Modern bullpens are integral to a team’s success. In the past, failed starters worked out of the pen. That changed in the fifties and sixties as managers brought in “firemen” to squash rallies. In the late 1980s, Tony LaRussa began using a closer for one inning to end games and set up men to bridge the gap between starter and closer. Today, bullpens often feature seven or eight pitchers. The following are the greatest relievers in Tiger history with two additions. Denny McLain is a starting pitcher and Jamie Walker was a left handed specialist. The former was added to fill the final roster spot while the latter represents the change in the game. The pitchers are listed in alphabetical order.
Mike Henneman (1987-95): Mike Henneman helped save the Tigers in 1987. The bullpen struggled early and the once great Willie Hernandez lost his effectiveness. The rookie Henneman came in to 55 games, pitched 96.2 innings, and won 11 times. The Tigers lost the ALCS to Minnesota, but found an All Star. Henneman assumed the closer role and pitched like an old time reliever. He pitched at least 84.1 innings in his first five seasons and won 10 or more games in relief three times. Henneman went 57-34 with 154 saves in his nine Tiger seasons.
Willie Hernandez (1984-89): Sparky Anderson saw Willie Hernandez pitch in the 1983 postseason for Philadelphia and wanted the lefty on his staff. Detroit traded for Hernandez in the offseason and he became the closer. In 1984, Hernandez saved 32 games in 33 tries, pitched 140.1 innings in relief, and led the league in games (80) and games finished (68). He won the Cy Young, MVP, made his first All Star game, and led the Tigers to the world championship. Hernandez had an equally strong 1985 with 31 saves, 106.1 innings, and 0.900 WHIP. The lefthander made the All Star squad in 1985 and 1986, but became less effective in 1987. He saved 85 games from 1984-86, but slumped to 8 in 1987. He bounded back in 1988 with a solid campaign, but age ended his career in 1989.
John Hiller (1965-80): John Hiller is the greatest reliever in Tiger history. He only made one All-Star team was overshadowed by Rollie Fingers, Goose Gossage, and Sparky Lyle, but was an elite reliever. He led the league in saves and finished fourth in both the Cy Young and MVP vote in 1973. Hiller did win the Hutch Award after coming back from a heart attack. He won in double digits three times, with a high of 17 in 1974. The lefty saved 125 games in 15 seasons for the Tigers. In another generation, he would have saved significantly more games.
Todd Jones (1997-2001, 2006-08): Todd Jones gave fans and managers ulcers. He always seemed to walk a tightrope between victory and agonizing defeat. It did not seem like a Todd Jones appearance unless he loaded the bases. Despite this, he saved 319 games in his career, 235 with Detroit, and is the Tigers all-time saves leader.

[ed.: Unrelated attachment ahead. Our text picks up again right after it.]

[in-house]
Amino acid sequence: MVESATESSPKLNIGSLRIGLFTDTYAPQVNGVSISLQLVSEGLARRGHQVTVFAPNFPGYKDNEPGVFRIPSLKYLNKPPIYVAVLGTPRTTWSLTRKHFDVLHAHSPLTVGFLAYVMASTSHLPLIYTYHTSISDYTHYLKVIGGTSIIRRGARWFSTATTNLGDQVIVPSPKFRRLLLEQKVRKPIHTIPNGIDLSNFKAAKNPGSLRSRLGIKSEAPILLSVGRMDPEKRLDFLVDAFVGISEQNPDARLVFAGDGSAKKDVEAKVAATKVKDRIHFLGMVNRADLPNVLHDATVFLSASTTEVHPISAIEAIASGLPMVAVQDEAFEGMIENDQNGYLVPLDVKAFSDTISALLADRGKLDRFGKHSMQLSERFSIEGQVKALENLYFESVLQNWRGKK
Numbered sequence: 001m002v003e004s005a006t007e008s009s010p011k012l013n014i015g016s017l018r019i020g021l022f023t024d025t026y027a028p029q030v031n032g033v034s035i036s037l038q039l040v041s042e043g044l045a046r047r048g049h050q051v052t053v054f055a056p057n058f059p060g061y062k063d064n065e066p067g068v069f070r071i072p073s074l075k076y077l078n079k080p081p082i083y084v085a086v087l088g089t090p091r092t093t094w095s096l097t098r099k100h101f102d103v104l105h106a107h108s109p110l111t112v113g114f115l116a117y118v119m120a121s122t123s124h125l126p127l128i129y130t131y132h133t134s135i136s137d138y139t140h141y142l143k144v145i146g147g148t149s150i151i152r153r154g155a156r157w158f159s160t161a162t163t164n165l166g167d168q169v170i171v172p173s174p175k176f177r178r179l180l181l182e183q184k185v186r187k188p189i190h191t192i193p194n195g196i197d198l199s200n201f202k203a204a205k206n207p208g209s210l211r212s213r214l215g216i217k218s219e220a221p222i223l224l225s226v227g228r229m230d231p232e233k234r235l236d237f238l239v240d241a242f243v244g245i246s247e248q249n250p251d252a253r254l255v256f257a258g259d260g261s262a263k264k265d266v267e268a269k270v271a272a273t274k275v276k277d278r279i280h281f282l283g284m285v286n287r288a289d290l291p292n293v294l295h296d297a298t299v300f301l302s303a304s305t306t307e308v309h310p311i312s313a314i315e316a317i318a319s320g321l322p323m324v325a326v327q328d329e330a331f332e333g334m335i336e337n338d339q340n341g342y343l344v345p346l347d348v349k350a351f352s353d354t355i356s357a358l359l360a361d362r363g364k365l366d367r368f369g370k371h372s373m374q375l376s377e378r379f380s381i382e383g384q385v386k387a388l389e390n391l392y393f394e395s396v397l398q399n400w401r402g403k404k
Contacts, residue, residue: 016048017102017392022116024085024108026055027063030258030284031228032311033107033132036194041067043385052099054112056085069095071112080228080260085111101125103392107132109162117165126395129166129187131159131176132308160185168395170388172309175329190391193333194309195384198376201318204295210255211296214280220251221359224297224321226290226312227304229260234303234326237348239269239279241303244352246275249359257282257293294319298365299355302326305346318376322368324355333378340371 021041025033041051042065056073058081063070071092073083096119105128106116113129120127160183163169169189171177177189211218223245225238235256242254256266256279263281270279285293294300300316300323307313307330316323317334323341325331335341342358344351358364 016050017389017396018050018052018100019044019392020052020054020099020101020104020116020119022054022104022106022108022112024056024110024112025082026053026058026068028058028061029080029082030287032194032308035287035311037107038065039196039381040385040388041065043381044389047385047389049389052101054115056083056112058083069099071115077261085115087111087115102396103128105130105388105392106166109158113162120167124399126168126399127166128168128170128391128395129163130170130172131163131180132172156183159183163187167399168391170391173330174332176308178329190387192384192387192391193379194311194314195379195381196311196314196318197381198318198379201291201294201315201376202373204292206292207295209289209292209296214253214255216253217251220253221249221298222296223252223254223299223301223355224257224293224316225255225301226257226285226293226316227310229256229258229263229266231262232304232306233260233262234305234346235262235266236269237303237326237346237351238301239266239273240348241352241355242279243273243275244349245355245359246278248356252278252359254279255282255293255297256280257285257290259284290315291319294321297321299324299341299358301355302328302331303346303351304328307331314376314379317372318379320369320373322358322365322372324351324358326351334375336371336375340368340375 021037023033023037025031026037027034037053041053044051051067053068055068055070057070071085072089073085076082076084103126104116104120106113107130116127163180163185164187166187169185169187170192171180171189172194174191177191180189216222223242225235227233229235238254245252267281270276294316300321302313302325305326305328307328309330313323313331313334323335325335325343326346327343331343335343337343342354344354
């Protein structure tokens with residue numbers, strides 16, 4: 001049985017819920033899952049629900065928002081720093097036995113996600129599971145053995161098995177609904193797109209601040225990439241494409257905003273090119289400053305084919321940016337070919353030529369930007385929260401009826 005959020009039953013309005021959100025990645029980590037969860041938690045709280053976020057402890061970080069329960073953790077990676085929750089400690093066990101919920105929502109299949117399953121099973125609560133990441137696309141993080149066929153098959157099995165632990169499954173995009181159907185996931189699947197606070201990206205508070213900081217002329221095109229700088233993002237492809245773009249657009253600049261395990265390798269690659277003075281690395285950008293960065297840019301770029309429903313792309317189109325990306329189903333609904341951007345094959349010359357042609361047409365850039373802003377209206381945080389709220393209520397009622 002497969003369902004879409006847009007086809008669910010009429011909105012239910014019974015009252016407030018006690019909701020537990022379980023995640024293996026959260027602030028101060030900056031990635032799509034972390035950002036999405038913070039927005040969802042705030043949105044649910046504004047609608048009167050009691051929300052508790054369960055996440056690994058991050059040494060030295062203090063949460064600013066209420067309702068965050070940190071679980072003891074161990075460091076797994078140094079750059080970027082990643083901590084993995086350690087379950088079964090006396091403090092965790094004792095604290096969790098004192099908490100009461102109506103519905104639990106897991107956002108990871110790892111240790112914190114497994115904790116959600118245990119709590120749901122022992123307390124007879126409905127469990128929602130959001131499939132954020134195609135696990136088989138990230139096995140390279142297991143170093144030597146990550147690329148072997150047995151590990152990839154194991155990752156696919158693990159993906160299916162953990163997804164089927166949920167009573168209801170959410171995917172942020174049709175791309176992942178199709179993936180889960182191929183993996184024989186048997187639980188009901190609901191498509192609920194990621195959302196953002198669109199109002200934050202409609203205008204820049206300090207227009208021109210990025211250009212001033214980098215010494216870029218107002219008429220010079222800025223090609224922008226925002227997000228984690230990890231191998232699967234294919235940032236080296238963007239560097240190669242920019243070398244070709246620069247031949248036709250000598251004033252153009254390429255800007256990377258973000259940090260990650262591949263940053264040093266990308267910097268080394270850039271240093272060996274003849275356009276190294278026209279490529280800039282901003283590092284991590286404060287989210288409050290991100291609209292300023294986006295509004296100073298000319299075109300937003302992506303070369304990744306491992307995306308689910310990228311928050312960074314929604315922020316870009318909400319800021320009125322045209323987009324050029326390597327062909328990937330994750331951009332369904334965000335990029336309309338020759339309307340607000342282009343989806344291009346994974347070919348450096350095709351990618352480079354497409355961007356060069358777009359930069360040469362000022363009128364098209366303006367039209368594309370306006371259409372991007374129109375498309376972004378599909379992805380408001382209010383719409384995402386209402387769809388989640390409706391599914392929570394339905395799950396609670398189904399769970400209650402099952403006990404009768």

Aurelio Lopez (1979-95): Aurelio Lopez served in all capacities for the Tigers. He closed, set up, pitched long relief, and started. He topped 100 innings four times in seven seasons making him indispensable out of the bullpen. Lopez made the 1983 All Star team and won the clinching game of the 1984 World Series. In 1984, Senior Smoke went 10-1 with a 2.94 ERA. Overall, Lopez went 53-30 with 85 saves and 3.41 ERA in his Tiger career. Amazingly, he pitched 713 innings in seven seasons.
Denny McLain (1963-70): Denny McLain won 122 games and two Cy Young Awards in five seasons. From 1965 to 1969, he won 16, 20, 17, 31, and 24 games. McLain was the 1968 American League MVP and Cy Young winner. He repeated as Cy Young winner in 1969. Innings and scandal finally took their toll on McLain’s arm and he became ineffective. Detroit traded him to Washington after the 1970 season.
Jamie Walker (2002-06): Modern bullpens come complete with left-handed specialists. Jamie Walker is the best lefty specialist in Tiger history. He pitched in good times and bad. Walker joined Detroit in 2002 and played on the 119-loss 2003 squad. The lefty proved vital in the 2006 pennant run. Walker pitched five seasons for Detroit and compiled a 12-12 record, 3.33 ERA, and most importantly for his position, a fine 1.174 WHIP.
1973 Detroit Tigers: John Hiller
John Hiller is the Tigers’ greatest reliever. He won 87 games in 15 years, saved 125, and won 17 games in 1974. Hiller won the 1973 Hutch Award after coming back from a heart attack.
And there it goes
Willie Hernandez toes the mound the last time the Tigers won the World Series. He had one of the greatest seasons of the era for a reliever in 1984. Hernandez saved 32 games in 33 chances and tossed 140.1 innings.
Denny McLain had a great run as a Tiger. He won two Cy Young Awards and a MVP. Arm problems prematurely ended his career. His inclusion in the bullpen is a tip of the cap to the bullpens of old where extra starters roamed.
Todd Jones is the Tigers’ all time saves leader. He tended to live life on the edge as a closer. Jones often pitched himself into and out of trouble before nailing the save.
Jamie Walker is the best lefty specialist in Tiger history. He often came in to face one batter and then had the rest of the night off. The specialist is a relatively new position in major league bullpens.
Aurelio Lopez made the 1983 All Star team, won Game 5 of the 1984 World Series, and had a remarkable 10-1 record in 1984. He served as setup man and occasional closer for the Tigers.
Mike Henneman emerged in the 1987 season and saved the Tigers down the stretch. He took over the closers role from Willie Hernandez and served admirably for years. He retired the Tigers all-time saves leader.